The first week in October is called “The Golden Week” in China. It’s the largest national holiday after Spring Festival (Chinese New Year) and thanks to the combination of Mid-Autumn Festival with National Day (the day the PRC was founded) everyone gets a full week off from work and school. It’s a crazy time to be in China, or anywhere in Asia really, as the increasingly mobile and prosperous Chinese people have a full week to travel.
But I want to talk about Mid-Autumn Festival specifically as that is the more interesting of the two, especially in Fujian Province where I live. Mid-Autumn Festival is a traditional holiday celebrating the end of summer and the impeding winter. Basically a harvest festival celebrated on a night of the full moon.
The full moon is a key element, and people eat mooncakes (not to be confused with moon pies, mooncakes are dense round pastries filled with egg, beans or other fillings. Personally I am not a fan and even eating a little piece can leave you feeling very full) and you are supposed to stand outside and gaze at the full moon. This is the traditional all across the country.
But in my little neck of the woods we have an added tradition called Bobing 博饼。It’s a dice game and was originally meant gambling for mooncakes. But these days mooncakes take the back burner and now it’s winning stuff like rolls of toilet paper, olive oil and cash.
As it is a major tradition in Fujian Province, my province, all my badminton friends get in on it and I had two bobing nights: One with my group of Taiwanese and Chinese friends (my old group) and one at my coaches gym.
You pony up to play, between 50 and 100 rmb based on the prizes and someone prepares gifts of varying levels. There is a red bowl with 6 special dice in it. (The fours are red while the other colors are blue). You take turns rolling and if you get one four, you get the lowest level of prizes, two fours a little higher, three fours higher and so on. If you get 1,2,3,4,5,6 you get a big prize.
The first several rounds is really fun as it’s quite easy to get the lower level prizes so your just getting a ton of stuff with pretty much every roll. As only the top prizes are left, as rolling four 4’s is harder, it gets a little boring just to keep rolling the dice, sometimes for 5+ minutes with no one winning anything, but as long as you are with friends it is fun.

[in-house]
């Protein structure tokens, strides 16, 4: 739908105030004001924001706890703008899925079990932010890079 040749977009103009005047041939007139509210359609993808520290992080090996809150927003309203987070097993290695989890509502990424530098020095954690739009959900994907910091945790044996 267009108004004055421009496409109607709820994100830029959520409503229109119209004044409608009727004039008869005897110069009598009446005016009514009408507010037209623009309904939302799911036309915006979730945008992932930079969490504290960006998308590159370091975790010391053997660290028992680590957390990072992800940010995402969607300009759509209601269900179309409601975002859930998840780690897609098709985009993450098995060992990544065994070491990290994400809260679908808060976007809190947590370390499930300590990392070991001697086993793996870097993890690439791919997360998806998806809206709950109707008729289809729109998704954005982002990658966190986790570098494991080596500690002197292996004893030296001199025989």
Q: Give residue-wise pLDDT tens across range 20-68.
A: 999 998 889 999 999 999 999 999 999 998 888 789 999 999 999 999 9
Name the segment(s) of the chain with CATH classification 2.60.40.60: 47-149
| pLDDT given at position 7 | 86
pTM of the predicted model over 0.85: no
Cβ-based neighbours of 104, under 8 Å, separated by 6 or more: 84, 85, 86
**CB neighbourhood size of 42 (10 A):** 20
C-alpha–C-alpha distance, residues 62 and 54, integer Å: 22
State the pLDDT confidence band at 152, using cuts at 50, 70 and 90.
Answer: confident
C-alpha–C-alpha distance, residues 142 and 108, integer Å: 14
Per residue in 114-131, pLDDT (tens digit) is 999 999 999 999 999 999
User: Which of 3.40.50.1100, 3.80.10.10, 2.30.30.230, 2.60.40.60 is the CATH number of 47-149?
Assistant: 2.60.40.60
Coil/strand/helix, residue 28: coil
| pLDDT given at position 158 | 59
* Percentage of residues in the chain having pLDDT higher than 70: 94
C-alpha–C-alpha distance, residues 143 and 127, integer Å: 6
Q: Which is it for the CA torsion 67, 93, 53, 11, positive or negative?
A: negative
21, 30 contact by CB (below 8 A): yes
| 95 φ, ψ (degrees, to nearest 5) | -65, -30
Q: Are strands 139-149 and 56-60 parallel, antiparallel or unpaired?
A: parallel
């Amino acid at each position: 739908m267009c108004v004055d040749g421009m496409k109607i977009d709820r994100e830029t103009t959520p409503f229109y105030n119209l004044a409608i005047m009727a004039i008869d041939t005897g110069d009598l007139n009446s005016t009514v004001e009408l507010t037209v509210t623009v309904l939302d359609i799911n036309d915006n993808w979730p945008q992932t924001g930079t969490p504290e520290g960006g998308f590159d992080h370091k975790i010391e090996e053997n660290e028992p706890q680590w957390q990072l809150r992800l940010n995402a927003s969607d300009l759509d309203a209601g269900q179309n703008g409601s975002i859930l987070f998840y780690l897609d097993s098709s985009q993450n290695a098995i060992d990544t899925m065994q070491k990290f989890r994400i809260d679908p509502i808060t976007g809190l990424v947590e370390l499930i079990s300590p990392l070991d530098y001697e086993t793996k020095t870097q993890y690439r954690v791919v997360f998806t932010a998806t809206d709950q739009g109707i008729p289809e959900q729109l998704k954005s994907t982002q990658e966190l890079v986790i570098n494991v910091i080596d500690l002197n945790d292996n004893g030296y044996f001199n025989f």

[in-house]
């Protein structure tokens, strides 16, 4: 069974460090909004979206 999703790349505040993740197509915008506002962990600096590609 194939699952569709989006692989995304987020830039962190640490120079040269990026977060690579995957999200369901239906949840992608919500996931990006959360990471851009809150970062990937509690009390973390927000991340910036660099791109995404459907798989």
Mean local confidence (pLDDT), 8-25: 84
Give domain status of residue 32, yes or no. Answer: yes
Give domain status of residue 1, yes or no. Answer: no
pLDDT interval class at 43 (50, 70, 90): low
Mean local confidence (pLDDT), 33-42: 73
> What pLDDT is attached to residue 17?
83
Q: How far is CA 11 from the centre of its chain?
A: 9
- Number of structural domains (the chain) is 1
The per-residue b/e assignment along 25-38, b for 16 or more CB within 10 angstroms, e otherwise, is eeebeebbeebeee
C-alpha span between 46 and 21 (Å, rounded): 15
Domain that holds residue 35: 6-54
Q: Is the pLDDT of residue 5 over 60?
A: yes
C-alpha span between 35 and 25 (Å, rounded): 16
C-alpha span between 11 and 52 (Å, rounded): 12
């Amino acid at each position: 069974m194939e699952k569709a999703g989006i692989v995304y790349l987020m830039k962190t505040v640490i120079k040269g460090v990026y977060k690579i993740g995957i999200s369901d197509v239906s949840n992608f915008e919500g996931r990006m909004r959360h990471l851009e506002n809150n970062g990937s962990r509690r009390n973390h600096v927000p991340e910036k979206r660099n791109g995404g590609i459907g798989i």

My old group and I had a dinner and bobing event at our favorite Taiwanese/Japanese restaurant. The prizes ranged from toilet paper to badminton grips and birdies. Originally one of the guys won the top prize, about 300 rmb ($60) but everyone was in a good mood so he added 100 rmb to the pot and we continued. Someone else won it again, but he also wanted to keep it going and he added 100 and we kept going. Personally, it seemed like whoever won was actually kinda punished as they would have to add 100 rmb of their own money, but we kept going around and around until lo and behold…I won the money! Luckily cause I was a girl, or a foreigner, or for whatever reason me winning signaled the end of the game and we packed up and went home.
A few days later I played in the badminton courts and while I didn’t win as big, I still walked away with a mug, badminton socks, another grip, and some more goodies.
It’s a fun tradition and one people take very seriously here in Fujian Province. I tend to take short videos during events so I made a very short one to commemorate bobing at my coaches court. It’s shot pretty poorly and I didn’t translate anything but you can get the idea of what was happening. The last clip is from the night with my friends, but again, it’s pretty poor.
It’s nice to get a chance to participate in all the culture events because of badminton. While I have played Bobing every year I have lived here (you literally cannot get away from it as it is in every workplace and every shop) it’s nice to have a new experience and do things with my badminton buddies. It makes badminton more than just a sport to me.
Have a happy Mid-Autumn Holiday!